Late bluesman Luther Allison was in the middle of a deal with Motown Records when he cut Luther's Blues, a move that reflected the changing fortunes of both the blues and the Motown sound.
Both were decreasing in relevancy as the '70s progressed, joining forces makes sense.
Luther's Blues is best when it allows Allison to show off. The title track as well as "Let's Have a Little Talk," which has fun with its many false starts and endings, are both smoky, slow rollers that allow the Arkansas-born guitarist to wail.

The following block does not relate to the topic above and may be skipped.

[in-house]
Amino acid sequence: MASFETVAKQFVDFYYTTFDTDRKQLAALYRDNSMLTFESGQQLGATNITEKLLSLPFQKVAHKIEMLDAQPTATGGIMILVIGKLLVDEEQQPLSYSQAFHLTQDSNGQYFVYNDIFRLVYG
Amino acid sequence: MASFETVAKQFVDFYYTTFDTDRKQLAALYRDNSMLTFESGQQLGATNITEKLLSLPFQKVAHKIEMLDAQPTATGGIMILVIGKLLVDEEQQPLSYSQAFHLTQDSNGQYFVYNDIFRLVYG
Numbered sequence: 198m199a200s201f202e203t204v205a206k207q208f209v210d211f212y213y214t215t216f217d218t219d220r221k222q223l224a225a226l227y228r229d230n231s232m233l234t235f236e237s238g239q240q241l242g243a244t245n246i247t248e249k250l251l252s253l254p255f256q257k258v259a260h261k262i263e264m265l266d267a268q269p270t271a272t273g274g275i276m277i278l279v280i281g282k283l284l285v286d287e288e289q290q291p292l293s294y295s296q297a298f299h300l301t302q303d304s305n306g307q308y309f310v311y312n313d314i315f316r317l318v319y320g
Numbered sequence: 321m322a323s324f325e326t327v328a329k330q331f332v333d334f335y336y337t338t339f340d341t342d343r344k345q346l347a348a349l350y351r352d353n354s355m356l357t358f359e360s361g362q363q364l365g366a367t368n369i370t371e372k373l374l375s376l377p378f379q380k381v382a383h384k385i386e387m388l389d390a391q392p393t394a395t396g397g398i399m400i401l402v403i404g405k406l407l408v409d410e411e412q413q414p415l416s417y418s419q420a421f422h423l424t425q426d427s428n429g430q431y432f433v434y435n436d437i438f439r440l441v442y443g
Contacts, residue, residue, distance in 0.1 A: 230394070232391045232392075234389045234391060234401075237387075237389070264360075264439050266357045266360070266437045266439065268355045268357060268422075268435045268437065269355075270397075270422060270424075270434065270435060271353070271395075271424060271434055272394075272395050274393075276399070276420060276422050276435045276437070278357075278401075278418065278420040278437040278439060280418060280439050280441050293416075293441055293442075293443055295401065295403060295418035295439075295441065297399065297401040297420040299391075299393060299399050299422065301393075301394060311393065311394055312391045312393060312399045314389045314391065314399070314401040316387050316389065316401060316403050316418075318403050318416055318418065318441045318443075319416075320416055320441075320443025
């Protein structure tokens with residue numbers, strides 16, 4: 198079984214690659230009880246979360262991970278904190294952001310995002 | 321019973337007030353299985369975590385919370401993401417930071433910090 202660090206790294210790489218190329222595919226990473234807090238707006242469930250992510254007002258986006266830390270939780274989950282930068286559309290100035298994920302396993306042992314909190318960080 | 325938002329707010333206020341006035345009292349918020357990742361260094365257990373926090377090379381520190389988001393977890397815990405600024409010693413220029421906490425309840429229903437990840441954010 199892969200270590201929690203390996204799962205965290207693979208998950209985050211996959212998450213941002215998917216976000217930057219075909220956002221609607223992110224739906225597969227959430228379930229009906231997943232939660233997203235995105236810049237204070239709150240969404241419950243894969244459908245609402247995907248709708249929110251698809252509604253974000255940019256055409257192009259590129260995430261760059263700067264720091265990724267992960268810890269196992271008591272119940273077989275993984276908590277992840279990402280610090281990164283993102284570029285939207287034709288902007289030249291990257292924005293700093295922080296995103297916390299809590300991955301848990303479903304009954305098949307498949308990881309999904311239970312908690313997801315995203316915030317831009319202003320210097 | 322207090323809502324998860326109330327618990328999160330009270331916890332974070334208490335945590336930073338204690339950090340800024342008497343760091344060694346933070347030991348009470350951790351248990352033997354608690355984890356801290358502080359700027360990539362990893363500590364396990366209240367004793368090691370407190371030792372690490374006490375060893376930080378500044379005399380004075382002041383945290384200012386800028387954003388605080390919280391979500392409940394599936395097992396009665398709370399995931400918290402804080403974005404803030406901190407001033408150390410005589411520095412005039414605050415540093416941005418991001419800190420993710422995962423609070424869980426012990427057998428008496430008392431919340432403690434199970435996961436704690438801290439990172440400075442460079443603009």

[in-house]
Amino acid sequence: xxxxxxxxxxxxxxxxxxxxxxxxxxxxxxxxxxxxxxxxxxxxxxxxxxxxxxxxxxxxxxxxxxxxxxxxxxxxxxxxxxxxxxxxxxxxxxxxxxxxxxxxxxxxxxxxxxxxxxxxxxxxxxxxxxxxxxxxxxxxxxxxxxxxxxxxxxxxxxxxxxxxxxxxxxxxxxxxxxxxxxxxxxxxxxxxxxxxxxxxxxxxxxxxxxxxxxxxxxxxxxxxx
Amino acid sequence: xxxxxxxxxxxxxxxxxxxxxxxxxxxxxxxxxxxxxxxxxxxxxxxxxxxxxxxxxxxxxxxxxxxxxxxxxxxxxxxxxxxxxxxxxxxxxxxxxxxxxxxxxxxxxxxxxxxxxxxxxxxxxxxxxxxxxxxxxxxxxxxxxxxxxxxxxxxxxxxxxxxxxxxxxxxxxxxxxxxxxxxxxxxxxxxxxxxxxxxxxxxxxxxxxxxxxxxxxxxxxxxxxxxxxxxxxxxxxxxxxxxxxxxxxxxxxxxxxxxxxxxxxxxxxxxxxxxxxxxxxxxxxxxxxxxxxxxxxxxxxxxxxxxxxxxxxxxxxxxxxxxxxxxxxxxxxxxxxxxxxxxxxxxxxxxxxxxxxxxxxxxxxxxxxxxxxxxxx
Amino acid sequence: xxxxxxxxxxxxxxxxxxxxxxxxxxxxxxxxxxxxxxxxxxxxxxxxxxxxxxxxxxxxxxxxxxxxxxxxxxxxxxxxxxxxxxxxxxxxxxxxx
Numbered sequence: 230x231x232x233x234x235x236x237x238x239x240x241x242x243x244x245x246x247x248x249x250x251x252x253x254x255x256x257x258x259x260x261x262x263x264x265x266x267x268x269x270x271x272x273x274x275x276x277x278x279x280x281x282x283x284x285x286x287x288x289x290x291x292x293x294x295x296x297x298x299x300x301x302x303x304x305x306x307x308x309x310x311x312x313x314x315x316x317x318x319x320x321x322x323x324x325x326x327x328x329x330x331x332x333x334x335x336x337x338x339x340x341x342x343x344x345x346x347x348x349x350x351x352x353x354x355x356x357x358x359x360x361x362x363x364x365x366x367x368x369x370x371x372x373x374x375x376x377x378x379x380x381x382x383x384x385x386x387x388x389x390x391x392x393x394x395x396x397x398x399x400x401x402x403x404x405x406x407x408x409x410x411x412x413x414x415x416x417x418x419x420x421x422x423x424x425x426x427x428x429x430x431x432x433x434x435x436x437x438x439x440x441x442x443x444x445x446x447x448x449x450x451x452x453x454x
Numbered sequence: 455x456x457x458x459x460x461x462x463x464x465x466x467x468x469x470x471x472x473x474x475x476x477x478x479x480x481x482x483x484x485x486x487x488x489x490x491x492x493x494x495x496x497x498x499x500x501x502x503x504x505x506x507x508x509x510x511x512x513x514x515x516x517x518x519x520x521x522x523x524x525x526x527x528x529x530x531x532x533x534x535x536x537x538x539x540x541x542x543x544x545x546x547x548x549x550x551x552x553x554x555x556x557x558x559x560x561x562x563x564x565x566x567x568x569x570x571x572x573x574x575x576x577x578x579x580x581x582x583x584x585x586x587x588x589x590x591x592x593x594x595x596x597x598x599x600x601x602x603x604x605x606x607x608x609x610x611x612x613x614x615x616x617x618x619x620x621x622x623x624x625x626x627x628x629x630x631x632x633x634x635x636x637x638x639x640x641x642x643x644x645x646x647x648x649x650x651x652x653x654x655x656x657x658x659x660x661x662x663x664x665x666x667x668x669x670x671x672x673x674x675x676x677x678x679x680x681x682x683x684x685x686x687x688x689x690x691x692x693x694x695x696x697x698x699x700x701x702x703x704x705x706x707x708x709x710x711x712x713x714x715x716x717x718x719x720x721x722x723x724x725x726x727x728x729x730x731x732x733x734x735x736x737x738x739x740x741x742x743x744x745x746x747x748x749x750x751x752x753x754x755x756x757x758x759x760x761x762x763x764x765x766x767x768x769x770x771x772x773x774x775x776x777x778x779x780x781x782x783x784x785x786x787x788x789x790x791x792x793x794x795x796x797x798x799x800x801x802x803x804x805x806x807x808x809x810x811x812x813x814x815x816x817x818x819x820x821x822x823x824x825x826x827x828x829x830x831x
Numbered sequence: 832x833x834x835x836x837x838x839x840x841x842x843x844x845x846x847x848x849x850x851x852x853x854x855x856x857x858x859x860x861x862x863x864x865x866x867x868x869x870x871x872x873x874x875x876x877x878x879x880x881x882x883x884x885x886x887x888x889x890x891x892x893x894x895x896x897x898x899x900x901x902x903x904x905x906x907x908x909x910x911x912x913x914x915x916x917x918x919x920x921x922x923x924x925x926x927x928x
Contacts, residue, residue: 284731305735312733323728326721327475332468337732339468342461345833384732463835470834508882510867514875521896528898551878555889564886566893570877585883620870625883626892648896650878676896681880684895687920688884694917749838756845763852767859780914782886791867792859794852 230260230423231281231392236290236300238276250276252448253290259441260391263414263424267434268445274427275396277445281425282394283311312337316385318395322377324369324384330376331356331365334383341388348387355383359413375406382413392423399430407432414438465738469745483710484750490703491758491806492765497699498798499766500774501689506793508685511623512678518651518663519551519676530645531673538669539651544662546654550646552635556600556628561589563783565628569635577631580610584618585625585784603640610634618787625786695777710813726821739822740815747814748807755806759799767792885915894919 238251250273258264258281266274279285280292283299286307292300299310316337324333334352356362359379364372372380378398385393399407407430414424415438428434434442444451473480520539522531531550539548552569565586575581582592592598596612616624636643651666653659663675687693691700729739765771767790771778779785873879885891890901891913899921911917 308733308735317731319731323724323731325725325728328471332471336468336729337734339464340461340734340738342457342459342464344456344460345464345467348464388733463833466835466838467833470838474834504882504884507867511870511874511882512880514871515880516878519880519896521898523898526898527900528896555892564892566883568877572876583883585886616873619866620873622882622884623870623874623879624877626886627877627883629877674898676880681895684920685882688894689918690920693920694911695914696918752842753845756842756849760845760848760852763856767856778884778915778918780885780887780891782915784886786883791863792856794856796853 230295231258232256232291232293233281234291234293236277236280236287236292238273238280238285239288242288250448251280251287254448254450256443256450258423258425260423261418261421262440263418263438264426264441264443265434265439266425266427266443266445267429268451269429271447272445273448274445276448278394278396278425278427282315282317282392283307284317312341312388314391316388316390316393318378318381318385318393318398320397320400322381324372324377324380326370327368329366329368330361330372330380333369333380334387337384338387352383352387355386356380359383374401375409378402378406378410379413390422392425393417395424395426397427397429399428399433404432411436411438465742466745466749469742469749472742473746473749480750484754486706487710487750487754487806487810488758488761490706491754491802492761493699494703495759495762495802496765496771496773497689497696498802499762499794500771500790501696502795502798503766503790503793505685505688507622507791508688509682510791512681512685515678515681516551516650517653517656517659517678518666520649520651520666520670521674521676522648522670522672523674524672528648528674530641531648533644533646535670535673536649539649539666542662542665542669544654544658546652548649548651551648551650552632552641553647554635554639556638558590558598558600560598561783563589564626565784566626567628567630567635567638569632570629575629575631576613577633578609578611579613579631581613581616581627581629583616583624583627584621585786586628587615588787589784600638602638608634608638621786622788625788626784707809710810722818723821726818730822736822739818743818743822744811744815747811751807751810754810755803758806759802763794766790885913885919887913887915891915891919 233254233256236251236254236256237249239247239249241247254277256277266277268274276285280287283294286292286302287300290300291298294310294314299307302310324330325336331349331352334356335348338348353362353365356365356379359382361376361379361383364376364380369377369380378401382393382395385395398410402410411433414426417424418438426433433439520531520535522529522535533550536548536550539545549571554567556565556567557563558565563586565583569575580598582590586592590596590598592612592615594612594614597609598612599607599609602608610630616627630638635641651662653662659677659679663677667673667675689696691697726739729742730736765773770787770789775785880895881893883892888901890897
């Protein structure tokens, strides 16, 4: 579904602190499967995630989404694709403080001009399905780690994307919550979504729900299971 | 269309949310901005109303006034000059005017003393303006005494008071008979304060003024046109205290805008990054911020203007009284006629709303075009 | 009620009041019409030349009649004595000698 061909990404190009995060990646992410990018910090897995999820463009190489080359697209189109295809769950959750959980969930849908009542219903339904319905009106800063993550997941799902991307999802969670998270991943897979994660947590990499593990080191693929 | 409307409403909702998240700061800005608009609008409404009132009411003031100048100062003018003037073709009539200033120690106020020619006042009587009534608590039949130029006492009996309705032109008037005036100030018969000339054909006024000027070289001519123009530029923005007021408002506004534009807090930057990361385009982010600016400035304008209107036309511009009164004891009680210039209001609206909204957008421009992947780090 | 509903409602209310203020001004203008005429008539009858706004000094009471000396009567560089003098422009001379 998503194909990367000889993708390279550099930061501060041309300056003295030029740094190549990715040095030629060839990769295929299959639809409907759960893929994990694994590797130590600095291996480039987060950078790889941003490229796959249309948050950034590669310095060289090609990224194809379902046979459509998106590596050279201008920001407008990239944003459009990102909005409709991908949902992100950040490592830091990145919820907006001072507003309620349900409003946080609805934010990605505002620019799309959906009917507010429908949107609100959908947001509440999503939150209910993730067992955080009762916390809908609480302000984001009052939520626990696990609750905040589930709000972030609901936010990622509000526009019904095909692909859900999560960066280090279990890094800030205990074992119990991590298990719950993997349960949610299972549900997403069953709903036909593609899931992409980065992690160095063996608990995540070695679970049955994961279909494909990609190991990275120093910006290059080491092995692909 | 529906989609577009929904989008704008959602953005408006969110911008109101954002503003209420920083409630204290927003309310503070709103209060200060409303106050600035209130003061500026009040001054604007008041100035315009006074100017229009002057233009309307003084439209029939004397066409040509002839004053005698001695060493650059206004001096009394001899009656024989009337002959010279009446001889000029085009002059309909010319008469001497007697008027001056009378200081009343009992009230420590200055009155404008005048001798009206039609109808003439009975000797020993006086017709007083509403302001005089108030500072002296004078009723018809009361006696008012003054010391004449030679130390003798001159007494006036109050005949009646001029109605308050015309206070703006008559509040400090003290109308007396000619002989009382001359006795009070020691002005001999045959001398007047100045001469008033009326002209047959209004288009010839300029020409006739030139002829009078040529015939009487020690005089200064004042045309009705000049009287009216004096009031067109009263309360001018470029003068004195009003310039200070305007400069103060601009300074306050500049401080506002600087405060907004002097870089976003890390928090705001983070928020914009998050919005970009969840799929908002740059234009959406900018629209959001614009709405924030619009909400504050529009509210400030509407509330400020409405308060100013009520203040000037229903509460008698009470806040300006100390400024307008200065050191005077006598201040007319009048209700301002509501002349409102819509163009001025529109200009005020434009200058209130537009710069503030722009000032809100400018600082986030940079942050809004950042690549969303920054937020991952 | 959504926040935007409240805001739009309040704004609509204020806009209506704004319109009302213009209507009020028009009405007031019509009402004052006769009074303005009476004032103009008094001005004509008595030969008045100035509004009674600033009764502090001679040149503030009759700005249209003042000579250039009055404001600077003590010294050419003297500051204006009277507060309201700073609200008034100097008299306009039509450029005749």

One of the extra tracks on Spotify, "San-Ho-Zay," is just as good as the rest, with Allison doing mean things to his guitar to make such a beautiful racket.
Where the marriage with Motown comes into play is on "K.T.," easily the weakest track and the biggest departure from the blues format. Allison attempts something much closer to '70s funk and soul, relying mostly on keyboards and horns instead of his ax.
It's the only evidence that Motown had a hand whatsoever in Luther's Blues because, otherwise, this is a fine slab of Chicago blues.
Tomorrow's entry: PJ Harvey, To Bring You My Love